Throughout the city there is clear evidence of the wish for a wider spread of personal independence by way of home and small business ownership. This is accompanied by a powerfully developing desire for an orderly and law-abiding society in which people can live their lives in peace—doing their jobs, developing their businesses and looking after their families in a stable and civilised atmosphere, safe in their streets and homes. That is why the deplorable events at Handsworth came as a great shock, and it is right to make it clear that the overwhelming mass of Birmingham people of all origins—Afro-Caribbean, Asian, other varied groups and the large indigenous population—shared a sense of revulsion against the criminality which was seen as a threat to their security. We want to put those events behind us as soon as possible and to move on to better things. It is essential now that people throughout the city are involved in co-operation with the police in a firm resolve to protect their own law-abiding society. I believe that the measures referred to in the Gracious Speech relating to public order will provide a strengthened framework for this vital purpose.

Perhaps surprisingly for a great inland city, Birmingham has been and still is one of the best recruiting centres for my former service, the Royal Navy. There are so many Navy and former Navy men in the city that, if Drake’s drum were to be hung anywhere, there is a strong case for suspending it over spaghetti junction.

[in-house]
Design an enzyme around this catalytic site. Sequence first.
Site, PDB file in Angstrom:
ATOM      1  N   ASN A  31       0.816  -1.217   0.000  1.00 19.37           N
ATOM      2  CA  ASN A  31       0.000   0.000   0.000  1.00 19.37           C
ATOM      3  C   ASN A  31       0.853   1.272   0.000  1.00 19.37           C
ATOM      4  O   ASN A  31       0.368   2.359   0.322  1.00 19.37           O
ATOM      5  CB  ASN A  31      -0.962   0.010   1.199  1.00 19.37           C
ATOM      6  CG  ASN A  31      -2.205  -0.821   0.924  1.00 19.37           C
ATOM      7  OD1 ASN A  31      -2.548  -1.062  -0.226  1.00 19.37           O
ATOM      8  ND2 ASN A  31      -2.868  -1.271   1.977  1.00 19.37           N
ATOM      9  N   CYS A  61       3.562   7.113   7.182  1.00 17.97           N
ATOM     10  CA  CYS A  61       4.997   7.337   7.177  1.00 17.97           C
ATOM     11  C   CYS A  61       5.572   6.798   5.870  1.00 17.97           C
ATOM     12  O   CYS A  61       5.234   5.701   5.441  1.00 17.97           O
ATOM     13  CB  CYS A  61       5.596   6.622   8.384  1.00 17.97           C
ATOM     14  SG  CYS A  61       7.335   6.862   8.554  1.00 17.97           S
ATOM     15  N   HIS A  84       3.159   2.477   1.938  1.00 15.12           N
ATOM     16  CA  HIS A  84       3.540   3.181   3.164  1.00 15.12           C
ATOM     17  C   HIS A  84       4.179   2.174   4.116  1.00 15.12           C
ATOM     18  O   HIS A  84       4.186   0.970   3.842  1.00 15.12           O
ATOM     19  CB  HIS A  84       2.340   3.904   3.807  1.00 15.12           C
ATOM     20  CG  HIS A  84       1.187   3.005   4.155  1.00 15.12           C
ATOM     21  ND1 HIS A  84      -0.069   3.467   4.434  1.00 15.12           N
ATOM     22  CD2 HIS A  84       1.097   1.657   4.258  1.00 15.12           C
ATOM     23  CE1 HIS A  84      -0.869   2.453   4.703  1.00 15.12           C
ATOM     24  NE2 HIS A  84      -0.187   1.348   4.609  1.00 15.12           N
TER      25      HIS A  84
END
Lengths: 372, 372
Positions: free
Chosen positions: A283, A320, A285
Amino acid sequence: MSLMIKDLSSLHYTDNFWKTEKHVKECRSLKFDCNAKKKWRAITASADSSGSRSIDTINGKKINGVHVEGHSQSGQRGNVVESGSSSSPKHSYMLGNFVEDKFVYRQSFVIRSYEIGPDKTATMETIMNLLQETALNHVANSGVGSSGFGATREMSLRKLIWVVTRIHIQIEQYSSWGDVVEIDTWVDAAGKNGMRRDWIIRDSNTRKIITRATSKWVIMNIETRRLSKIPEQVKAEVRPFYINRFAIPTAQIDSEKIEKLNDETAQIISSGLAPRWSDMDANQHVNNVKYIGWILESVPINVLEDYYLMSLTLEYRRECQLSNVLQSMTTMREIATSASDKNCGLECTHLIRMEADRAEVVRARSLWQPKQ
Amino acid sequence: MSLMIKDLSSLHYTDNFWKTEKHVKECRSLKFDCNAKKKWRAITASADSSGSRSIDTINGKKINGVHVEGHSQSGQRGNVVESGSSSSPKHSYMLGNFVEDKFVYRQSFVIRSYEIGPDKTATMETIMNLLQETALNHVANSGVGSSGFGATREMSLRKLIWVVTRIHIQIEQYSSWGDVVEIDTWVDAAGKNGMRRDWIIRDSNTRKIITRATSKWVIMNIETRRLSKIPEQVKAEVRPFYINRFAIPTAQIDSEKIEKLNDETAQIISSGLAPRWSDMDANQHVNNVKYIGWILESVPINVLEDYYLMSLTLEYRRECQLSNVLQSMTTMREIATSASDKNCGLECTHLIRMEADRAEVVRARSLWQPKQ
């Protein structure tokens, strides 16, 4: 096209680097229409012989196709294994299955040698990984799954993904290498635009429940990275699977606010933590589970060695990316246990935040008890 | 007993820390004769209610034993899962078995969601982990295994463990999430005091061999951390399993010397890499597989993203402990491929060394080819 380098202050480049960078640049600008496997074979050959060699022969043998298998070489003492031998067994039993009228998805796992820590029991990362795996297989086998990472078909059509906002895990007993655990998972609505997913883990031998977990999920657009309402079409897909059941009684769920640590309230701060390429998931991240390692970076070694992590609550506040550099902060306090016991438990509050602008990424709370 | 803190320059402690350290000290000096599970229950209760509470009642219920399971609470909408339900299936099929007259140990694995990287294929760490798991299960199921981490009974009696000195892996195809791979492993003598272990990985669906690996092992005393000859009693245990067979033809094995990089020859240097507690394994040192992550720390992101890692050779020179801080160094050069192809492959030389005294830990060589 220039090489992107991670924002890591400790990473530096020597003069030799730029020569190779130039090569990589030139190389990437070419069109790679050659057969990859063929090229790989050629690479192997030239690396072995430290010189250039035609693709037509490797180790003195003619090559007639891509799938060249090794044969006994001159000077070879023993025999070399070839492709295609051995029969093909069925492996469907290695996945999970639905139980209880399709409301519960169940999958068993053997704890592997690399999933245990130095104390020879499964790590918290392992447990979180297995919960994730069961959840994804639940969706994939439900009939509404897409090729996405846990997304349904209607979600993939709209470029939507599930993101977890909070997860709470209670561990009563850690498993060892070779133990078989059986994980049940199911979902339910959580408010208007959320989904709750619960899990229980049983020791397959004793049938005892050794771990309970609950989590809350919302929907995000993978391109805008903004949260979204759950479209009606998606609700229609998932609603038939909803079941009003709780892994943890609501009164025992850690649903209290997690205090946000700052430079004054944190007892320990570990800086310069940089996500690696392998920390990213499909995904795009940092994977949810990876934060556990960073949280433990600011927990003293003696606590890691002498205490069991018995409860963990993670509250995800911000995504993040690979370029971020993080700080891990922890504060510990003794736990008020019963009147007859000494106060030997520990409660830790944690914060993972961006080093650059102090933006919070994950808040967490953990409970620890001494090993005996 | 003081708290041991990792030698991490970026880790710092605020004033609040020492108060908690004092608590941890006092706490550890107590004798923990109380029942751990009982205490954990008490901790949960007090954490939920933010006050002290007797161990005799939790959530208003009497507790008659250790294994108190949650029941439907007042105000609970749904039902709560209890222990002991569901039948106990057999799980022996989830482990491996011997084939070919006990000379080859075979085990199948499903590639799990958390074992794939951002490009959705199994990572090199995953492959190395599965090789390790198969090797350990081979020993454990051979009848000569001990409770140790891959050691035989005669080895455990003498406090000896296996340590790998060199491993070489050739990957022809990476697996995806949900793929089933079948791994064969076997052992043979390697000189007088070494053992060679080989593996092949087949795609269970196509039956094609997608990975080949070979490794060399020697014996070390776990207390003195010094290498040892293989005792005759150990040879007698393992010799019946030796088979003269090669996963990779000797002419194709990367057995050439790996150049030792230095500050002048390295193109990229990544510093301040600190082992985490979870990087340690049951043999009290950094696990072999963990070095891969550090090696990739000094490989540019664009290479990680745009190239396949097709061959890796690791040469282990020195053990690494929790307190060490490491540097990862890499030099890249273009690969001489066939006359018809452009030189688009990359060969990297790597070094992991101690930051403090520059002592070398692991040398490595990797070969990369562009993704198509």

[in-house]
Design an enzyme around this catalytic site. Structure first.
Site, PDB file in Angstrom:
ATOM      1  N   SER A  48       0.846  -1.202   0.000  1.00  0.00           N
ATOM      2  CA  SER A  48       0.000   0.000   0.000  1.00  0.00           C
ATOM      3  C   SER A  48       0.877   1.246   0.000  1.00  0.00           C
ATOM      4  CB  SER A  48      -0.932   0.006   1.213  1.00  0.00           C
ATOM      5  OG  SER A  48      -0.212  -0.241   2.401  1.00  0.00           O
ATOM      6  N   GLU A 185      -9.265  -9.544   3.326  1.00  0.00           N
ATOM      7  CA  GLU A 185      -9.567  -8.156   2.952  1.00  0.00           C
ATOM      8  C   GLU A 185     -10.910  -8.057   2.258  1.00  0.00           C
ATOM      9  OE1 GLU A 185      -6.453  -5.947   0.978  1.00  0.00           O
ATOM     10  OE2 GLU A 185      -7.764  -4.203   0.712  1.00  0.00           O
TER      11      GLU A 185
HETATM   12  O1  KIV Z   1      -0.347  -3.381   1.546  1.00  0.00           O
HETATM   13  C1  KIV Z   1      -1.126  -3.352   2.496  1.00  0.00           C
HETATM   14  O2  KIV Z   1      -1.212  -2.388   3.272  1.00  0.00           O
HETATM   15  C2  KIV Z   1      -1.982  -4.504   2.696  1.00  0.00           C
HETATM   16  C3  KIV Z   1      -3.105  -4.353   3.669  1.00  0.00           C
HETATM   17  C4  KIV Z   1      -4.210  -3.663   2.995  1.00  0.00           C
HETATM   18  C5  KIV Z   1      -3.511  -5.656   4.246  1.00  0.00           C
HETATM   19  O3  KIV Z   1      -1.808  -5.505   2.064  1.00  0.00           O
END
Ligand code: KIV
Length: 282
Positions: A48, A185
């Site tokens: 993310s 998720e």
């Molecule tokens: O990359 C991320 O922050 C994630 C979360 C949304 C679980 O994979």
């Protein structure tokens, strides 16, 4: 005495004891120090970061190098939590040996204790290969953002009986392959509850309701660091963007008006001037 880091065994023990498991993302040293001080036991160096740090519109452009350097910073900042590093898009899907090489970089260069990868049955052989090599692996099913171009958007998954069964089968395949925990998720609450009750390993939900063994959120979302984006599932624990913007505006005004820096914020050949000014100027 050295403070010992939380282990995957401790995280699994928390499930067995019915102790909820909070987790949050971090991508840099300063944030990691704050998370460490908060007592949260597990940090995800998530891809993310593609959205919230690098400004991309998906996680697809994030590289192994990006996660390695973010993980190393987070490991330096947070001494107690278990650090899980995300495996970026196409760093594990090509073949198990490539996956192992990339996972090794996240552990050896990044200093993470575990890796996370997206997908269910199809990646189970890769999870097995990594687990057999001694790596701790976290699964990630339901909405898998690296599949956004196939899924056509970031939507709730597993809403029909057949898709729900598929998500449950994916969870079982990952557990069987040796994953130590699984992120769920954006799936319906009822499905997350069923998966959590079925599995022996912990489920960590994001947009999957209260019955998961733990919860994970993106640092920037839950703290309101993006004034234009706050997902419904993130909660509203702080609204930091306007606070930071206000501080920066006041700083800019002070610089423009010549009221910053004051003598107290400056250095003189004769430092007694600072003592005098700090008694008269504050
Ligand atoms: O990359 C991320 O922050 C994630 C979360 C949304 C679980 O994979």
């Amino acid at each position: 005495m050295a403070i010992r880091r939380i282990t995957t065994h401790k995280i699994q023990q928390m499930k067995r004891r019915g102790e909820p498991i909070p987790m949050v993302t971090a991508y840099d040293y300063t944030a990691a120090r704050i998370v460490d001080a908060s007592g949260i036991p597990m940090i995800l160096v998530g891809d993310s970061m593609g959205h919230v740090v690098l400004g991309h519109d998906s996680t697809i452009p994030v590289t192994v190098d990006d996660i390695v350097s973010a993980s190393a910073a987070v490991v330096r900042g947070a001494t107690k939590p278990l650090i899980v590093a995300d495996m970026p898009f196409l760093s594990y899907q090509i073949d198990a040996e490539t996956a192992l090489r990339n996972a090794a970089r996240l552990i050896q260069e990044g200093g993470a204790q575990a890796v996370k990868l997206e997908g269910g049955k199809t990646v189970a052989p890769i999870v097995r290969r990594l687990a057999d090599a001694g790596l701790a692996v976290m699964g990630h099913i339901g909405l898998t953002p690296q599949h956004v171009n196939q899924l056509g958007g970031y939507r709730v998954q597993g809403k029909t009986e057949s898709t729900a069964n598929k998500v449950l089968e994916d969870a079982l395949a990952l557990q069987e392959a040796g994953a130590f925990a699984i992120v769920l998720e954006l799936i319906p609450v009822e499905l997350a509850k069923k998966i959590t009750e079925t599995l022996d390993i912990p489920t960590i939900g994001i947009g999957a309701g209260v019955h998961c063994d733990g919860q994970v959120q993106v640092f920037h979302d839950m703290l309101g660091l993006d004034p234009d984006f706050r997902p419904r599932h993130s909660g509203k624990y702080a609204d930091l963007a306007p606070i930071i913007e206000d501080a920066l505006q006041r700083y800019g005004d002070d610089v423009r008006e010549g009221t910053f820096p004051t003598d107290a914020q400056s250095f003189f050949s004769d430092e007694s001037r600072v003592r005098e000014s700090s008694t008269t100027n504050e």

It has to be admitted that Birmingham’s economy, which is so dependent on manufacturing and on metal bashing industries, was in increasing difficulty during the 1970s as the competitive thrust of world trade sharpened. The world recession of 1980–81 intensified those problems in all industrial centres and struck harshly at Birmingham and the west midlands conurbation. Our great concern about unemployment includes the apprehension that essential modernisation and the adoption of advanced technology in industry can reduce the demand for manpower at a time when the work force is growing.

There is a great realism in Birmingham industry, which knows that we must match world competition in design, quality and cost of production to safeguard existing jobs and to create new ones. Great efforts are being made to meet this challenge and to diversify the local economy, to strengthen existing companies and to encourage the formation of more small businesses and of new service industries so that they all, in their various ways, make the best possible contribution to job creation.

We should acknowledge that progress has been made. The motor industry, which is so important to us—and especially British Leyland which has had substantial Government support—is leaner and fitter, producing an attractive range of new models. The components manufacturers—GKN, Lucas, Wilmott Breeden—and large numbers of smaller suppliers are fighting hard and well to beat strong international competition. Everyone wishing to support the cause of job creation must remember the importance of buying British. The reference in the Gracious Speech to Spain’s entry into full membership of the European Community will be welcomed in Birmingham. As a result, one source of unfair competition for our motor industry will be brought under control.

With regard to engineering and manufacturing more generally in the second city, the abolition of the damaging industrial development certificates and the changes in regional policy of 1983 have reduced the severe disadvantages from which Birmingham and the west midlands have suffered for many years. Now grants are available from the Government and the European regional development fund to assist large and small companies to modernise, diversify and to get started.